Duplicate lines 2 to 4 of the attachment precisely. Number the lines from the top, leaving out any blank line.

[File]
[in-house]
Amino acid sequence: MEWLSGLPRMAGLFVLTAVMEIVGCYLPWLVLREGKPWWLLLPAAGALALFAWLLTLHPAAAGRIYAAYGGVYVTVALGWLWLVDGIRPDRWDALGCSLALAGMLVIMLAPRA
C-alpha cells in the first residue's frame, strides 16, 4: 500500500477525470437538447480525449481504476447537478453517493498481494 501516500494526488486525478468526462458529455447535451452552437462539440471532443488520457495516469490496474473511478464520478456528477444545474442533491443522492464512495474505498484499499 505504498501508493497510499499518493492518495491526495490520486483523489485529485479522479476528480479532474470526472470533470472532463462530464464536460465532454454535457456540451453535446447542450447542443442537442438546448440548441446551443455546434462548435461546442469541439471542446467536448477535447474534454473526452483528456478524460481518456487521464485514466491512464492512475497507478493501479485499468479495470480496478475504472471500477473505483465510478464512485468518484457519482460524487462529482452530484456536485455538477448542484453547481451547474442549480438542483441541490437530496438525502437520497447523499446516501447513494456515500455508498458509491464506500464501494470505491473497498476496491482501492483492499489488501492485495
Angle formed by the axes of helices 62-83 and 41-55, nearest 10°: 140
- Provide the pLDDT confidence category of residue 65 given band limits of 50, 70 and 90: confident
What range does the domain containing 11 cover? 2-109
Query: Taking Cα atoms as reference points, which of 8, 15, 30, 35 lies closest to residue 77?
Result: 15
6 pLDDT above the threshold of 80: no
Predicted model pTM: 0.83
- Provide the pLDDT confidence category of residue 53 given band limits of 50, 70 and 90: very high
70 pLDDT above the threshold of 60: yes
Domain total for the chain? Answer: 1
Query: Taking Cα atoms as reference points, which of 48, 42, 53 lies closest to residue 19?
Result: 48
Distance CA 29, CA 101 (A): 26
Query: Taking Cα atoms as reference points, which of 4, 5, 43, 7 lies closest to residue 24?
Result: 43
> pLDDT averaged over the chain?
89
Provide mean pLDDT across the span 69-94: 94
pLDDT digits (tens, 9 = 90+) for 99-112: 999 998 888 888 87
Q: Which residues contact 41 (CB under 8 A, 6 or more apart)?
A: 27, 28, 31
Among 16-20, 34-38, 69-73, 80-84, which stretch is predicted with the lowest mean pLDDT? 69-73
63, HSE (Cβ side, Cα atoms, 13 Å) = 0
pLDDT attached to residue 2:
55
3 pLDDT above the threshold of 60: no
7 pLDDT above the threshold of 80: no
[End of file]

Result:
Amino acid sequence: MEWLSGLPRMAGLFVLTAVMEIVGCYLPWLVLREGKPWWLLLPAAGALALFAWLLTLHPAAAGRIYAAYGGVYVTVALGWLWLVDGIRPDRWDALGCSLALAGMLVIMLAPRA
C-alpha cells in the first residue's frame, strides 16, 4: 500500500477525470437538447480525449481504476447537478453517493498481494 501516500494526488486525478468526462458529455447535451452552437462539440471532443488520457495516469490496474473511478464520478456528477444545474442533491443522492464512495474505498484499499 505504498501508493497510499499518493492518495491526495490520486483523489485529485479522479476528480479532474470526472470533470472532463462530464464536460465532454454535457456540451453535446447542450447542443442537442438546448440548441446551443455546434462548435461546442469541439471542446467536448477535447474534454473526452483528456478524460481518456487521464485514466491512464492512475497507478493501479485499468479495470480496478475504472471500477473505483465510478464512485468518484457519482460524487462529482452530484456536485455538477448542484453547481451547474442549480438542483441541490437530496438525502437520497447523499446516501447513494456515500455508498458509491464506500464501494470505491473497498476496491482501492483492499489488501492485495
Angle formed by the axes of helices 62-83 and 41-55, nearest 10°: 140